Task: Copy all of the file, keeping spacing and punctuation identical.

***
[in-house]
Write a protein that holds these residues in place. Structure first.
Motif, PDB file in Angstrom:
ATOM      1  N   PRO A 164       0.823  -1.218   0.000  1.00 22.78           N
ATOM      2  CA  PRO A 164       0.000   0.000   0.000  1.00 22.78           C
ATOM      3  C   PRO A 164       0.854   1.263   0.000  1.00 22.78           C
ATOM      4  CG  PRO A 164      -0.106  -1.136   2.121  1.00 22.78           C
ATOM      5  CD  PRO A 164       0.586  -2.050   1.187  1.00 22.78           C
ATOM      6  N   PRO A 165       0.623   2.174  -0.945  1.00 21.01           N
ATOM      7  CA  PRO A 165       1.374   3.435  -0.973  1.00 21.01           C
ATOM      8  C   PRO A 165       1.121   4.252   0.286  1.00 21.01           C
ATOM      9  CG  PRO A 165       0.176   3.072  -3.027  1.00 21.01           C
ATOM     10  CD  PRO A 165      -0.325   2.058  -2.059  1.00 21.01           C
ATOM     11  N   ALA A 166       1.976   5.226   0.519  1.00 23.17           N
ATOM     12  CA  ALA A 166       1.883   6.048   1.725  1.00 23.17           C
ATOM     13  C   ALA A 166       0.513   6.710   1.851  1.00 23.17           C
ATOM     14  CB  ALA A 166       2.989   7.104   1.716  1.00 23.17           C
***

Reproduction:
[in-house]
Write a protein that holds these residues in place. Structure first.
Motif, PDB file in Angstrom:
ATOM      1  N   PRO A 164       0.823  -1.218   0.000  1.00 22.78           N
ATOM      2  CA  PRO A 164       0.000   0.000   0.000  1.00 22.78           C
ATOM      3  C   PRO A 164       0.854   1.263   0.000  1.00 22.78           C
ATOM      4  CG  PRO A 164      -0.106  -1.136   2.121  1.00 22.78           C
ATOM      5  CD  PRO A 164       0.586  -2.050   1.187  1.00 22.78           C
ATOM      6  N   PRO A 165       0.623   2.174  -0.945  1.00 21.01           N
ATOM      7  CA  PRO A 165       1.374   3.435  -0.973  1.00 21.01           C
ATOM      8  C   PRO A 165       1.121   4.252   0.286  1.00 21.01           C
ATOM      9  CG  PRO A 165       0.176   3.072  -3.027  1.00 21.01           C
ATOM     10  CD  PRO A 165      -0.325   2.058  -2.059  1.00 21.01           C
ATOM     11  N   ALA A 166       1.976   5.226   0.519  1.00 23.17           N
ATOM     12  CA  ALA A 166       1.883   6.048   1.725  1.00 23.17           C
ATOM     13  C   ALA A 166       0.513   6.710   1.851  1.00 23.17           C
ATOM     14  CB  ALA A 166       2.989   7.104   1.716  1.00 23.17           C